CANCER TREATMENTS FOR DOGS: MEDICINAL MUSHROOMS

July 14, 2012 by  
Filed under Natural Cancer Cures for Dogs, Uncategorized

I am often contacted by worried dog owners once their pet has been diagnosed with cancer.

Many dog owners seek alternative treatments for cancer these days , especially when their vet is unable to offer any further treatment or the treatments being offered also have a high risk of side effects and/or are extremely expensive. While it is illegal for anyone that is not a vet to actually treat cancer in animals, at times I’ve offered pet owners medical-grade nutraceuticals and herbal medicines which can support and increase their dog’s own immune function, under the supervision of the animal’s vet. Although I assess each dog individually, depending on their unique requirements, I often prescribe medicinal mushrooms in a concentrated, medical-grade, liquid form as they have been very well researched as proven treatments for cancer in animals.

I find the medicinal mushrooms, in conjunction with other clinically proven herbal medicines and nutraceuticals, can be excellent at helping improve a dogs immune function and therefore can be used in a wide variety of diseases, often with good results.

THIS IS A SELECTIVE OVERVIEW OF FOUR MUSHROOMS WITH LONG HISTORIES OF MEDICINAL USE:

Cordyceps (Cordyceps sinensis); maitake (Grifola frondosa); reishi (Ganoderma lucidum); and turkey tails (Tramates versicolor). Besides being good dietary sources of protein, fiber, several minerals, B vitamins and ascorbic acid, many of the 38,000 species of mushrooms have medicinal uses, either known or as yet unknown.

Cordyceps ‘has perhaps one of the oddest places of origin of any natural medicine’: it was originally found on a caterpillar, Hepialus armoricanus, in the mountains of Asia. Historically, use of cordyceps was limited to ancient royalty. Traditional uses included enhancing endurance, energy, and sexual vitality; supporting the heart, lungs, kidney, and immune systems and the vital essence (Chi); and supporting longevity. Active constituents include several saccharides, sterols, peptides and polyamines, fatty and organic acids (nearly 30 fatty-acid compounds), vitamins, nucleotides, and inorganic compounds and minerals. Today, several species of cordyceps (C. capita, C. ophioglossoides, C. militaris), and their artificially cultured mycelium (particularly strain Cs-4) are used commercially.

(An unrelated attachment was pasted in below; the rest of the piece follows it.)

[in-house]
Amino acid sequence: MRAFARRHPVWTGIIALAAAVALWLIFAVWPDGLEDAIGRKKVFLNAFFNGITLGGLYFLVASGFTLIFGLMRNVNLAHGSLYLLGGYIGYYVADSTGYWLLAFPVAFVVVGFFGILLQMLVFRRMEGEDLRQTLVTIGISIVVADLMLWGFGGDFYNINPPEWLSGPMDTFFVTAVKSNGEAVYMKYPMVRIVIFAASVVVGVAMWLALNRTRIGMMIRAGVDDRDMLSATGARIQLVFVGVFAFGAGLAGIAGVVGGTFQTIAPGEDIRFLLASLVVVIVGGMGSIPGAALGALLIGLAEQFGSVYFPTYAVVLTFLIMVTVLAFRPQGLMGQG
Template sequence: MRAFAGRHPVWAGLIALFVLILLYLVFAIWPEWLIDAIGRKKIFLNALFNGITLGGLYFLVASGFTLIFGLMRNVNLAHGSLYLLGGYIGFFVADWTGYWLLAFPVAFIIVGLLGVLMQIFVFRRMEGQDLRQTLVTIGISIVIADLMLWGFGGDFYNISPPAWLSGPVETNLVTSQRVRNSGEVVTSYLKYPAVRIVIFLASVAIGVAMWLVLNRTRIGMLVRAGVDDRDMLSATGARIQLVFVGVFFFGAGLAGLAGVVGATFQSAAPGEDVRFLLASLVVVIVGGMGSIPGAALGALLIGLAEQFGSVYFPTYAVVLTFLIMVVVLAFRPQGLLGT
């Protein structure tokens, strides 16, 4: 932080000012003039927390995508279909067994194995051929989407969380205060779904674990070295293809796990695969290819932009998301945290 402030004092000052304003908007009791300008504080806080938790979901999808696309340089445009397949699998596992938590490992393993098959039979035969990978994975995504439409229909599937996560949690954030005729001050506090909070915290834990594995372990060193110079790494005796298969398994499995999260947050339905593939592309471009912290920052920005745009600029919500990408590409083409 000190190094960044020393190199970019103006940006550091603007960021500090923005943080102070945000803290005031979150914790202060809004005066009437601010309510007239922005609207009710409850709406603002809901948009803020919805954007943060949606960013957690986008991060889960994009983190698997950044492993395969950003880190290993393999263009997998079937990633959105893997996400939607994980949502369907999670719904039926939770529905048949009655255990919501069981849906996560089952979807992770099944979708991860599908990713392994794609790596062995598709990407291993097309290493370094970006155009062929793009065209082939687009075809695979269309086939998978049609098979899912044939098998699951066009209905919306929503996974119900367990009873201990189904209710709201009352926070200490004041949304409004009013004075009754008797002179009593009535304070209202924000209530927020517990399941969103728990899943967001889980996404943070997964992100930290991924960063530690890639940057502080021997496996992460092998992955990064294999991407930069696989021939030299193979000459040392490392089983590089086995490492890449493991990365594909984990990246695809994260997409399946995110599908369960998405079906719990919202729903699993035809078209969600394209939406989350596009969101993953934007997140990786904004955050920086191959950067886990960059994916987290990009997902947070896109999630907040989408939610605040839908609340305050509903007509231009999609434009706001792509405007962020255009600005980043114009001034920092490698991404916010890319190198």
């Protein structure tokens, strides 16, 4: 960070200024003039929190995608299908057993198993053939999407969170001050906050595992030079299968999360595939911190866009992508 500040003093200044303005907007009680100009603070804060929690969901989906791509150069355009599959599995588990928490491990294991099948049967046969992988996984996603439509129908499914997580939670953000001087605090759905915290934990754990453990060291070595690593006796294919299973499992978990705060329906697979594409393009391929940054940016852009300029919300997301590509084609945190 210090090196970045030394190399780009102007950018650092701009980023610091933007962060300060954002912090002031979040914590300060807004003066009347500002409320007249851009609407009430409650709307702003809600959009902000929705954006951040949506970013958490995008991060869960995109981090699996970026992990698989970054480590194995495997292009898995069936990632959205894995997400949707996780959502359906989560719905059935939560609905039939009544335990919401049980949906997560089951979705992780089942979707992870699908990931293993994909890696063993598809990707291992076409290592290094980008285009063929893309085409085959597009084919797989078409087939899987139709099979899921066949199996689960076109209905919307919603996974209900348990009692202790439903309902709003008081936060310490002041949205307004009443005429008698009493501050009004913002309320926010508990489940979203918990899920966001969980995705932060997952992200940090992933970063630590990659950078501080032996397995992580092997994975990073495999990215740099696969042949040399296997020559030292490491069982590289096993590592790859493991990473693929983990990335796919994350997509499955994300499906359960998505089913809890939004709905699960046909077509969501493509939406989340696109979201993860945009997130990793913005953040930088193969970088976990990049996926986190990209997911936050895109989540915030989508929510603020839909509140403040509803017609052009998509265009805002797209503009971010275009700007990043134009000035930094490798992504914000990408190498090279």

Cordyceps extracts have demonstrated some ‘potent antioxidant activity’, although it was found that the extracts’ ability to scavenge superoxide ions was minimal and that they inhibited hydroxyl radical byproducts only moderately. However, when incubated with low-density lipoprotein and copper chloride in the presence of macrophages, a cordyceps extract strongly inhibited lipid peroxidation. This effect was similar to that of superoxide dismutase (SOD), one of the cell’s main protectors against oxidative damage. In one trial, SOD activity increased by 16% while plasma malondialdehyde and lipoperoxide decreased by about 34% in patients who used a cordyceps supplement. Cordyceps also benefits the vascular system and microcirculation.
It is hypotensive and vasodilating and may prevent clotting and ischemia. Its ability to decrease serum lipid peroxidase levels and inhibit LDL oxidation may contribute to these vascular protective effects in particular. Several studies have found that cordyceps can affect immune-cell function and population, e.g., causing a significant increase in the number of T-helper cells and their ratio to T-suppressors. Others have found that cordyceps could ‘enhance’ natural killer (NK) cells and certain CD marker designations in people with leukemia, giving improved binding ability on lymphocytes. Inhibition of melanoma in an animal study was attributed to improved NK-cell function.

In one animal study, cordyceps extract stimulated mononuclear blood cells, inhibited human leukemia cell growth by about 80%, and induced immature immune cells into maturity.
Other immune-enhancing effects of cordyceps include increasing levels of cytokines such as interferon-y, tumor necrosis factor-a, and interleukin-1; prolonging lymphocyte survival, and even direct toxicity to cancer cells, especially lung carcinoma. Cordyceps is a promising anti-inflammatory. It modulates cytokines and increases levels of corticosteroids although the mechanism of action is unclear. Increased corticosteroids may be responsible for tonifying effects of cordyceps in adrenal-gland support programs.